At the photo session with Norman Seeff, I felt absolutely reduced to dust, utterly worthless and discombobulated. After the session, when the photographic assistants were breaking down their equipment, I stood next to Swami’s chair, churning inwardly and feeling quite numb. One of the assistants stood in the balcony directly above us. He began lowering a very heavy photographic backdrop – it must have weighed 75 pounds. As it came down, it was aimed at Swami’s head, and I reached out a hand to guide it safely to the floor behind his chair. The assistant said, “No, no. No need.” But I was concerned, and at the last moment the backdrop slipped out of the man’s hands and fell. My hand shot out instantly and caught it, completely without conscious thought. It would certainly have hit Swamiji, seriously injuring him. I can’t help but think that it was Swamiji’s way of reassuring me that there was some way that I could be useful, and that it would be good to cultivate an attitude of service.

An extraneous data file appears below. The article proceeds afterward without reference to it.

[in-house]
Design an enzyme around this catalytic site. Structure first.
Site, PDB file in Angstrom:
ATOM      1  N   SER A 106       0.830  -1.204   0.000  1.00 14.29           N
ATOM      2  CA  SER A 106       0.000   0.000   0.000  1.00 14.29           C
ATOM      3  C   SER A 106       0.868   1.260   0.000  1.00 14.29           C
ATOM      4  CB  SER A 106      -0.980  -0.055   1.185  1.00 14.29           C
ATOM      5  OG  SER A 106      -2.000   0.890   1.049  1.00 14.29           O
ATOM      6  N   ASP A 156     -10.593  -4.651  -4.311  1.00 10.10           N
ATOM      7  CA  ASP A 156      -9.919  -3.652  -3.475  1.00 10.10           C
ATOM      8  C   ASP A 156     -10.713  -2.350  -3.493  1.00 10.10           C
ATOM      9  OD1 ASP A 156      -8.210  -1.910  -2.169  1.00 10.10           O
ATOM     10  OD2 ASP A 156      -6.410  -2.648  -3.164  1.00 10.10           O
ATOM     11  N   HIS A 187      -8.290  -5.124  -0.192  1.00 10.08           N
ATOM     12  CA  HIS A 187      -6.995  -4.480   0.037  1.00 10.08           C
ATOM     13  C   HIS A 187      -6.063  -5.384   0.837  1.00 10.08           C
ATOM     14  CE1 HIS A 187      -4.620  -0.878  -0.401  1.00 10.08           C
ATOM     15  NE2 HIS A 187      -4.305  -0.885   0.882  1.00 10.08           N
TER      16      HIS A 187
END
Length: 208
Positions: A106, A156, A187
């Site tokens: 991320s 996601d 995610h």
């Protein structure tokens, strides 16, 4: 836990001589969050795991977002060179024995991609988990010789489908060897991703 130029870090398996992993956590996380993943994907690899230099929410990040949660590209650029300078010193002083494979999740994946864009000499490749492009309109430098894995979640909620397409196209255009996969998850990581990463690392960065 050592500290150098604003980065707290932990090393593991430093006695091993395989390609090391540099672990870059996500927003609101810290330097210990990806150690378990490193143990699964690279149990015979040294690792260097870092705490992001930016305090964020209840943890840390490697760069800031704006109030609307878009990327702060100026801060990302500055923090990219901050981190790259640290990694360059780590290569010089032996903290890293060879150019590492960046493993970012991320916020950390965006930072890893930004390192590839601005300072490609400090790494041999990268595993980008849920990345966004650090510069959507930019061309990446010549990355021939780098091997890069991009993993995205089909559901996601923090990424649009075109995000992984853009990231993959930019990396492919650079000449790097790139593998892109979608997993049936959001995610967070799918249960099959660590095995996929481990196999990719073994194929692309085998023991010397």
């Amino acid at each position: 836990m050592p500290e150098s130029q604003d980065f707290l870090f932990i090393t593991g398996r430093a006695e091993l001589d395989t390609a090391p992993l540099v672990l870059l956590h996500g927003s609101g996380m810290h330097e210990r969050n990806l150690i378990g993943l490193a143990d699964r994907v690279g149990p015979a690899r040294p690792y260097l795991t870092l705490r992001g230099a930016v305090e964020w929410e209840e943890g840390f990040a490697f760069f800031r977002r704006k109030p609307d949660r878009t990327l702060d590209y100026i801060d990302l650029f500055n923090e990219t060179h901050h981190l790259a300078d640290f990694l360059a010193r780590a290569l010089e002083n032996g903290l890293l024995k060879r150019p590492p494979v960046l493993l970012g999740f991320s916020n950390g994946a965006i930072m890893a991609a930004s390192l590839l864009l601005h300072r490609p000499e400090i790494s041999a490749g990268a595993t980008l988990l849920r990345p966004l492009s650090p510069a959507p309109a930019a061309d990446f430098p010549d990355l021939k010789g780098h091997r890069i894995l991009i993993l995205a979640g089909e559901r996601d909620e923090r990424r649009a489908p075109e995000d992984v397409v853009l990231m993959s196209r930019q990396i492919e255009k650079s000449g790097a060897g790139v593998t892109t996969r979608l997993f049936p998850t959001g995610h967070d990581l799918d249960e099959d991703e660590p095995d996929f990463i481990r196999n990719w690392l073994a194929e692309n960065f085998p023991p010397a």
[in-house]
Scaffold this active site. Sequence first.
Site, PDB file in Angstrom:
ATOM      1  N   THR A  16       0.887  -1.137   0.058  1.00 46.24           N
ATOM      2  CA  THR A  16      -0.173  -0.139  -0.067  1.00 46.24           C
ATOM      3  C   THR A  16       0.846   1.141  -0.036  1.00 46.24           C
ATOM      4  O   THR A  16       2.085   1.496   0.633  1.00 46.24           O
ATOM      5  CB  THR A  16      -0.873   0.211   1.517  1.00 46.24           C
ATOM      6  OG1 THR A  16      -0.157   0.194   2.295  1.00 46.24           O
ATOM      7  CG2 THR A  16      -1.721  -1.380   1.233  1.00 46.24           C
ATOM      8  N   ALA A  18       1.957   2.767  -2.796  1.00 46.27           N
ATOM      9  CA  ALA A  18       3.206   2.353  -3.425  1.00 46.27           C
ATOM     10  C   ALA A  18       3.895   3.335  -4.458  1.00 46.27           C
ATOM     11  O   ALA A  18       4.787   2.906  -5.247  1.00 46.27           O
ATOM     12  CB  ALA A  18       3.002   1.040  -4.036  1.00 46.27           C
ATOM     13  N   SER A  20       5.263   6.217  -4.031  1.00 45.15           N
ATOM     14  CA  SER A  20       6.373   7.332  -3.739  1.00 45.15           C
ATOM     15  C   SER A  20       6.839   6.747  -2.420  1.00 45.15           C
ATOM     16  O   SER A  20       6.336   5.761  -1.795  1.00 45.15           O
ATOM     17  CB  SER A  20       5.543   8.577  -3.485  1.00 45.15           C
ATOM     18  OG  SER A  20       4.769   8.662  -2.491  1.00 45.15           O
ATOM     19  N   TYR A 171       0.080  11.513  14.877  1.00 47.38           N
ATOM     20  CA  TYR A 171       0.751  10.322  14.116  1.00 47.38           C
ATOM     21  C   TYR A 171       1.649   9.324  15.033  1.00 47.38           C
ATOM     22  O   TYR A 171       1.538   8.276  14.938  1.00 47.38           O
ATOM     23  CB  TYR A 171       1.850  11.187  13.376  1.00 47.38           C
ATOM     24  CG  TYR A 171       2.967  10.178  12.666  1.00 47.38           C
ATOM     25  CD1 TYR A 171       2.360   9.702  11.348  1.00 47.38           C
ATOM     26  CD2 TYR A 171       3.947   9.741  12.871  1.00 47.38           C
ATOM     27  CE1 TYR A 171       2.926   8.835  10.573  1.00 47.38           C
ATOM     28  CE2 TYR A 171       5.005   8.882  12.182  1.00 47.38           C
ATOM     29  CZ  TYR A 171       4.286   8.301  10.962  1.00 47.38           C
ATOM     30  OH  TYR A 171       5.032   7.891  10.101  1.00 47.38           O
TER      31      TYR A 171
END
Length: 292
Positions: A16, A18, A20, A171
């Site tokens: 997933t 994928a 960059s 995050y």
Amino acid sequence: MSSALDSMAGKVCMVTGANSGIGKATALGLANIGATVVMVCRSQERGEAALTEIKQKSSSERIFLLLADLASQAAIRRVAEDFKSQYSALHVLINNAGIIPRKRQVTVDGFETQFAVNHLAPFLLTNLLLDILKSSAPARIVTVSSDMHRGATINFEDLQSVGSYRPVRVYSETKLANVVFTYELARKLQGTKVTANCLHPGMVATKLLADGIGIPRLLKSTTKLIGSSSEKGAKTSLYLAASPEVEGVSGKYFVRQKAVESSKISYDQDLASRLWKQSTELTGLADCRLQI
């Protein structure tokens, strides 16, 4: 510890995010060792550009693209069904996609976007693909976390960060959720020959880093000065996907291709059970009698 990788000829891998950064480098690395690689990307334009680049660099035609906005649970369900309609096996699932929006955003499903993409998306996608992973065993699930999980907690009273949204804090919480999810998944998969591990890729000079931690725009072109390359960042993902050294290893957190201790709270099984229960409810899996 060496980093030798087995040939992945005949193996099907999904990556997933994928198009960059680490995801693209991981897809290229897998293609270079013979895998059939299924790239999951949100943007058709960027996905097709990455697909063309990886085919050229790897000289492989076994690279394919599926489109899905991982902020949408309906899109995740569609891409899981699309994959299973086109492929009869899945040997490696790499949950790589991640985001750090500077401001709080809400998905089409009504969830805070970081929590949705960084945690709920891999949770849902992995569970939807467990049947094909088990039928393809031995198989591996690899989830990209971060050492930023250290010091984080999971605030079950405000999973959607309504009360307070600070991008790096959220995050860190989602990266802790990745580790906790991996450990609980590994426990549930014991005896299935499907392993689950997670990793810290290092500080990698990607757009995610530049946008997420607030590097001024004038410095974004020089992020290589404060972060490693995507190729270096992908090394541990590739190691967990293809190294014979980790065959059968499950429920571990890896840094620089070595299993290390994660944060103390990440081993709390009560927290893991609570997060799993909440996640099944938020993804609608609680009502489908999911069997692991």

Things had a way of working out around Swamiji. I remember working at “Pubble” on a hot midsummer afternoon, when Swamiji dropped by. He asked me to take a photo of the cover of his latest book.
The entire Pubble staff, naturally, trouped outdoors to be with Swamiji and to watch. I placed the book cover on a plain white background and began taking pictures.
It was ferociously hot under the direct sun. Swamiji sat on an ancient, ripped-up couch that someone had dragged into the shade under the Pubble porch. (Unthinkable in today’s neat-and-tidy Ananda Village!)
Swamiji said that he would like to try a different background – a light-pink would be good.
I wandered into the print shop, wondering where in the dickens I would find pink paper – and there it was, in plain view, atop a foot-high stack of colored paper.